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NATIONAL DEFENSE INTELLIGENCE COLLEGE Measuring Forecaster Performance Lt Col James E. Kajdasz, Ph.D., USAF.

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Presentation on theme: "NATIONAL DEFENSE INTELLIGENCE COLLEGE Measuring Forecaster Performance Lt Col James E. Kajdasz, Ph.D., USAF."— Presentation transcript:

1 NATIONAL DEFENSE INTELLIGENCE COLLEGE Measuring Forecaster Performance Lt Col James E. Kajdasz, Ph.D., USAF

2 NATIONAL DEFENSE INTELLIGENCE COLLEGE Scholarship of Intelligence Analysis “A comprehensive review of the literature indicates that while much has been written, largely there has not been a progression of thinking relative to the core aspect and competencies of doing intelligence analysis.” (Mangio & Wilkinson, 2008) “Do [they] teach structured methods because they are the best way to do analysis, or do they teach structured methods because that’s what they can teach?” (Marrin, 2009)

3 NATIONAL DEFENSE INTELLIGENCE COLLEGE Grade forecasters on % correct? judgments We could grade forecaster accuracy similar to a T/F test. (yes/no answers) –Will Qadhafi still be in Libya at this time next year? No –Will the government of Yemen fall in the next year? No –Will I still be driving my 2001 Corolla in the year 2020? Yes Wait until outcomes occur/don’t occur, and calculate percent of correct forecasts. Compare Forecaster A to Forecaster B by seeing who has the higher % correct.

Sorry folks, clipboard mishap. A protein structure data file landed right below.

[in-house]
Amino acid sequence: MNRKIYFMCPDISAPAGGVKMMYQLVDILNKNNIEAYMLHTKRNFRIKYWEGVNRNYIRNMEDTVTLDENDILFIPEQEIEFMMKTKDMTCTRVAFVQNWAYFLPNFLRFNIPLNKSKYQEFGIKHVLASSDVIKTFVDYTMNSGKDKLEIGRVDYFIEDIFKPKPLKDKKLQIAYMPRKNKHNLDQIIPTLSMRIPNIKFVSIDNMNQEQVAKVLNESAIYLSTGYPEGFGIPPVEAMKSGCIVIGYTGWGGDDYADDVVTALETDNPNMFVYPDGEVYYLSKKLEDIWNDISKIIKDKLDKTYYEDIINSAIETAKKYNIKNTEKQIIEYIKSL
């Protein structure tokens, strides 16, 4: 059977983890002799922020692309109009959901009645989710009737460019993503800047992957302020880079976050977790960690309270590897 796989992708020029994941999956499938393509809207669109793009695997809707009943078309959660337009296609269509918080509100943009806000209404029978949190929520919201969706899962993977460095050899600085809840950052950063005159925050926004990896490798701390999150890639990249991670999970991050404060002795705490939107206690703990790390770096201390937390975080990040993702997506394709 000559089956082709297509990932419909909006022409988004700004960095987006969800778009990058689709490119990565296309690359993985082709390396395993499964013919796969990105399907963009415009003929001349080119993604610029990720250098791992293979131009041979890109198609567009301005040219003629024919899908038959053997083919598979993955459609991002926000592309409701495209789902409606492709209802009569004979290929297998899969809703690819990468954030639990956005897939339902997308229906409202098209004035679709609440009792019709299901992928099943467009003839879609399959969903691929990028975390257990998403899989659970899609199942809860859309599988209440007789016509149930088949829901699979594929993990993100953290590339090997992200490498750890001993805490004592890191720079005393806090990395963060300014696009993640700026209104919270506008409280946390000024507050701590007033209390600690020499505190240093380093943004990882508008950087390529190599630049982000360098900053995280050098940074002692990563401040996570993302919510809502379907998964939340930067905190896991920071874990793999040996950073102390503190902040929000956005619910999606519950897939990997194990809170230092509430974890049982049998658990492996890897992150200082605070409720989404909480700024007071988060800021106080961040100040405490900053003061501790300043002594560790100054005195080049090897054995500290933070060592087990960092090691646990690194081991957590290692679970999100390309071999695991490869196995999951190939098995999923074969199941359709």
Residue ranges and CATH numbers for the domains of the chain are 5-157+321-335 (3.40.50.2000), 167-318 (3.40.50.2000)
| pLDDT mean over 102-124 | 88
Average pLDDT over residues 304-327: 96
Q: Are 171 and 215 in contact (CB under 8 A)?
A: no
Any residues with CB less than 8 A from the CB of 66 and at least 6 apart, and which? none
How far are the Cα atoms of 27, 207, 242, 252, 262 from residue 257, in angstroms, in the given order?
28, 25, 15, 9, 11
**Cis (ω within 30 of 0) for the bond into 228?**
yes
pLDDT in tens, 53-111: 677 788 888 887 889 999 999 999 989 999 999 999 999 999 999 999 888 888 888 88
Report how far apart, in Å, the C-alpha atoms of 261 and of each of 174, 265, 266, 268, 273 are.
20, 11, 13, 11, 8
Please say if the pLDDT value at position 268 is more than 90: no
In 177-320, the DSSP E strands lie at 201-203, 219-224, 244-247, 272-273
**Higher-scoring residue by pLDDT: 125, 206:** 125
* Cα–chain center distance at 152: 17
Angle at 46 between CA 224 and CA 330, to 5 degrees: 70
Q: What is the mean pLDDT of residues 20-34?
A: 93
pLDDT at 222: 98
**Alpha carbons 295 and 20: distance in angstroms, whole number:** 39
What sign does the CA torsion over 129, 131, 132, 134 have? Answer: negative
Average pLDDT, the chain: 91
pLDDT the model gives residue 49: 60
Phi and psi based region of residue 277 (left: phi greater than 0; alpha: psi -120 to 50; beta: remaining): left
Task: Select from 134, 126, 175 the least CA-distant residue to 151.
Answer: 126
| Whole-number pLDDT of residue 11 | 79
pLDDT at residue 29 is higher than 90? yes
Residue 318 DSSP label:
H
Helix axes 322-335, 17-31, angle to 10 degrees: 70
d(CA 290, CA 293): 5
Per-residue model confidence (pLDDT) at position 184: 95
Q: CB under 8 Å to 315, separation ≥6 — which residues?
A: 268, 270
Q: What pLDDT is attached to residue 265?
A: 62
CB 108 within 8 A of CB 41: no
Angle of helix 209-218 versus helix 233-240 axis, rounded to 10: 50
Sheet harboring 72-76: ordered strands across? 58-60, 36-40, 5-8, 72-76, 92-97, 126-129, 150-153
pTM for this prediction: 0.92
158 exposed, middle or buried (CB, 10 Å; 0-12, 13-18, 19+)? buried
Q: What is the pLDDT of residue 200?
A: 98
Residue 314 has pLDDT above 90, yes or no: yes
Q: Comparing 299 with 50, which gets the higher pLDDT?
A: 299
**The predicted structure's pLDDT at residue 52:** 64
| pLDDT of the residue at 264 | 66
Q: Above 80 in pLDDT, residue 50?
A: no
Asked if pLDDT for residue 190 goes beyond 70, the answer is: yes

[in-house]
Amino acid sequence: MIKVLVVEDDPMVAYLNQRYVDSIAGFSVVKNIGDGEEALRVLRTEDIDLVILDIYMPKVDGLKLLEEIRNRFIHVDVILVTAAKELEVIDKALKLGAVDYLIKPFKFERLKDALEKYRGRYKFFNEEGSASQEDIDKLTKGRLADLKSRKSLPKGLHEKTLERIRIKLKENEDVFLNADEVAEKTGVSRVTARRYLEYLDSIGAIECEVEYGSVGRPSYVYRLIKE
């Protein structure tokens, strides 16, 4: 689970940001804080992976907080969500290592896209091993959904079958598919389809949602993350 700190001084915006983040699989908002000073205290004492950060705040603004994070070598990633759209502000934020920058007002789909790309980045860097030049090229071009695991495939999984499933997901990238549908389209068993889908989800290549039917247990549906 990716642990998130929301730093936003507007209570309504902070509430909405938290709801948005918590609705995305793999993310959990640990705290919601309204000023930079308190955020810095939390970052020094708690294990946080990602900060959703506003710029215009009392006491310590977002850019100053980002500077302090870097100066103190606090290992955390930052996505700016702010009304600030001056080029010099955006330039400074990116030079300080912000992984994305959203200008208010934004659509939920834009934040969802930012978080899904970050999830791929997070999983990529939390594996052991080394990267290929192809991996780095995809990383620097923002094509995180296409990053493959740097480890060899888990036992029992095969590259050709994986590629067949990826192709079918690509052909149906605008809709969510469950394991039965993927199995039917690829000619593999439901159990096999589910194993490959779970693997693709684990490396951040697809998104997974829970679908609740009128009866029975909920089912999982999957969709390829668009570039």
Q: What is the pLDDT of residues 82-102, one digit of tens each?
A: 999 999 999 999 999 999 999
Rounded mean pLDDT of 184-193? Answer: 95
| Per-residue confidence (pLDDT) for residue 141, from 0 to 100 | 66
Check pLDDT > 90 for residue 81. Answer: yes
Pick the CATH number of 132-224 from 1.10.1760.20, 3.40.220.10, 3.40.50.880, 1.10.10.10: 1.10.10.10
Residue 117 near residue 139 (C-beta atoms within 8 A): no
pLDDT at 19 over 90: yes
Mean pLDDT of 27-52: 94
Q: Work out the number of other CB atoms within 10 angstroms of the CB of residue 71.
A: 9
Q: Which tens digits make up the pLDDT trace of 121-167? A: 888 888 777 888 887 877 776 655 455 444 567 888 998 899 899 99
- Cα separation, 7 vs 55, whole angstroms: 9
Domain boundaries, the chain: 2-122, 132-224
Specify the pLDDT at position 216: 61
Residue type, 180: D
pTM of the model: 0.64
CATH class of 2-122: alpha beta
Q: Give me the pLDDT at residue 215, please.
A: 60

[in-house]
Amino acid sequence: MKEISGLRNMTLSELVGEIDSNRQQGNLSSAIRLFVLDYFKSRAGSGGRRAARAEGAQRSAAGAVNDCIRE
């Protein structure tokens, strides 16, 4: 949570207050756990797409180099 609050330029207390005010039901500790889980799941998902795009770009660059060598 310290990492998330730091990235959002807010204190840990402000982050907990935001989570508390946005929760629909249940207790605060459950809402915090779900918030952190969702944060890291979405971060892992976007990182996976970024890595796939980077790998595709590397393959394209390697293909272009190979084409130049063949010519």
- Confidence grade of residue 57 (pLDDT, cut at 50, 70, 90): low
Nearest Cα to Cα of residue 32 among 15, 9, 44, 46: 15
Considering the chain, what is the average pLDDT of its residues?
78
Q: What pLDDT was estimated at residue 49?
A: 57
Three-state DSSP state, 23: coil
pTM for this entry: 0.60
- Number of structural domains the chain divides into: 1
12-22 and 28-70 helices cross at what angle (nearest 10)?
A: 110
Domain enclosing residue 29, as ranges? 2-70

4 NATIONAL DEFENSE INTELLIGENCE COLLEGE What about probabilistic judgments? When there is a high level of uncertainty, laypeople and even experts often qualify judgments. –Will Qadhafi still be in Libya at this time next year? No (70% confidence) –Will the government of Yemen fall in the next year? No (60% confidence) –Will I still be driving my 2001 Corolla in the year 2020? Yes (95% confidence)

5 NATIONAL DEFENSE INTELLIGENCE COLLEGE What about probabilistic judgments? __ __ __ __ __ __ __ __ __ __ __ Impossible Highly unlikely Somewhat unlikely As likely as other two possibilities combined Somewhat likely Highly likely Certainty Tetlock, 2005

6 NATIONAL DEFENSE INTELLIGENCE COLLEGE Let’s Compare analysts… So which analyst performed best? It’s hard to say… We need a summary statistic to summarize total performance. Probability assigned EventOccurred?Analyst 1Analyst 2Analyst 3 1 No (0) Yes (1) No (0) Yes (1) Yes (1)0.911

7 NATIONAL DEFENSE INTELLIGENCE COLLEGE Mean Probability Score Probability Score or Brier Score –Estimate: Probability provided by forecaster.00 – 1.00 –Outcome: 0 (if event did not occur) 1 (if event did occur)

8 NATIONAL DEFENSE INTELLIGENCE COLLEGE Mean Probability Score Probability Score or Brier Score –Forecaster says 70% probability X will occur. –X occurs. –

9 NATIONAL DEFENSE INTELLIGENCE COLLEGE Mean Probability Score Mean Probability Score or Mean Brier Score

10 NATIONAL DEFENSE INTELLIGENCE COLLEGE Let’s Compare analysts… Probability assigned EventOccurred?Analyst 1Analyst 2Analyst 3 1 No (0) Yes (1) No (0) Yes (1) Yes (1)

11 NATIONAL DEFENSE INTELLIGENCE COLLEGE Components of Total Forecaster Error Several things contribute to overall error, not all of which can be controlled by the forecaster. Discrimination Errors Calibration Errors Variance of the Outcome